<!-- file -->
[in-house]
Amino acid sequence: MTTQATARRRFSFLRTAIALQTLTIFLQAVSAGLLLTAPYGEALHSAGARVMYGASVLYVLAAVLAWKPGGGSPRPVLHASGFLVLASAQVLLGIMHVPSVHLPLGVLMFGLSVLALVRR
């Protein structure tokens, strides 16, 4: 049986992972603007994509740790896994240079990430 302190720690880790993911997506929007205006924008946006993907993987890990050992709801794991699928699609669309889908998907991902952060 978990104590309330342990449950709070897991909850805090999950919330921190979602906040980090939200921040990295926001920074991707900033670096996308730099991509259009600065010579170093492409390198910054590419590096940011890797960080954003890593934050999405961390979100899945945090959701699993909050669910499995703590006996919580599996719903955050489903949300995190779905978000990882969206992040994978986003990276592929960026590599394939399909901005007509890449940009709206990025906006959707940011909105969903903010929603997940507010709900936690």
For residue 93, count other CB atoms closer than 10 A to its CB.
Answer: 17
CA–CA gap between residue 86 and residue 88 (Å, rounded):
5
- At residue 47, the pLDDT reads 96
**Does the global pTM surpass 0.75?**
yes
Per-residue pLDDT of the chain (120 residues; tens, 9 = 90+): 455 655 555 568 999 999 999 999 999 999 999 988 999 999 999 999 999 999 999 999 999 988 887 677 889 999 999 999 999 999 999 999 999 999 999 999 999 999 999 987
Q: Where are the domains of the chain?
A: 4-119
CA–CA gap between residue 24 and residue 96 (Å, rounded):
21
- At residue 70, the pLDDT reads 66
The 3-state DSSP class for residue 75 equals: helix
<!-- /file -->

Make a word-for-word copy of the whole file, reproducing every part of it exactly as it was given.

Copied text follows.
[in-house]
Amino acid sequence: MTTQATARRRFSFLRTAIALQTLTIFLQAVSAGLLLTAPYGEALHSAGARVMYGASVLYVLAAVLAWKPGGGSPRPVLHASGFLVLASAQVLLGIMHVPSVHLPLGVLMFGLSVLALVRR
């Protein structure tokens, strides 16, 4: 049986992972603007994509740790896994240079990430 302190720690880790993911997506929007205006924008946006993907993987890990050992709801794991699928699609669309889908998907991902952060 978990104590309330342990449950709070897991909850805090999950919330921190979602906040980090939200921040990295926001920074991707900033670096996308730099991509259009600065010579170093492409390198910054590419590096940011890797960080954003890593934050999405961390979100899945945090959701699993909050669910499995703590006996919580599996719903955050489903949300995190779905978000990882969206992040994978986003990276592929960026590599394939399909901005007509890449940009709206990025906006959707940011909105969903903010929603997940507010709900936690």
For residue 93, count other CB atoms closer than 10 A to its CB.
Answer: 17
CA–CA gap between residue 86 and residue 88 (Å, rounded):
5
- At residue 47, the pLDDT reads 96
**Does the global pTM surpass 0.75?**
yes
Per-residue pLDDT of the chain (120 residues; tens, 9 = 90+): 455 655 555 568 999 999 999 999 999 999 999 988 999 999 999 999 999 999 999 999 999 988 887 677 889 999 999 999 999 999 999 999 999 999 999 999 999 999 999 987
Q: Where are the domains of the chain?
A: 4-119
CA–CA gap between residue 24 and residue 96 (Å, rounded):
21
- At residue 70, the pLDDT reads 66
The 3-state DSSP class for residue 75 equals: helix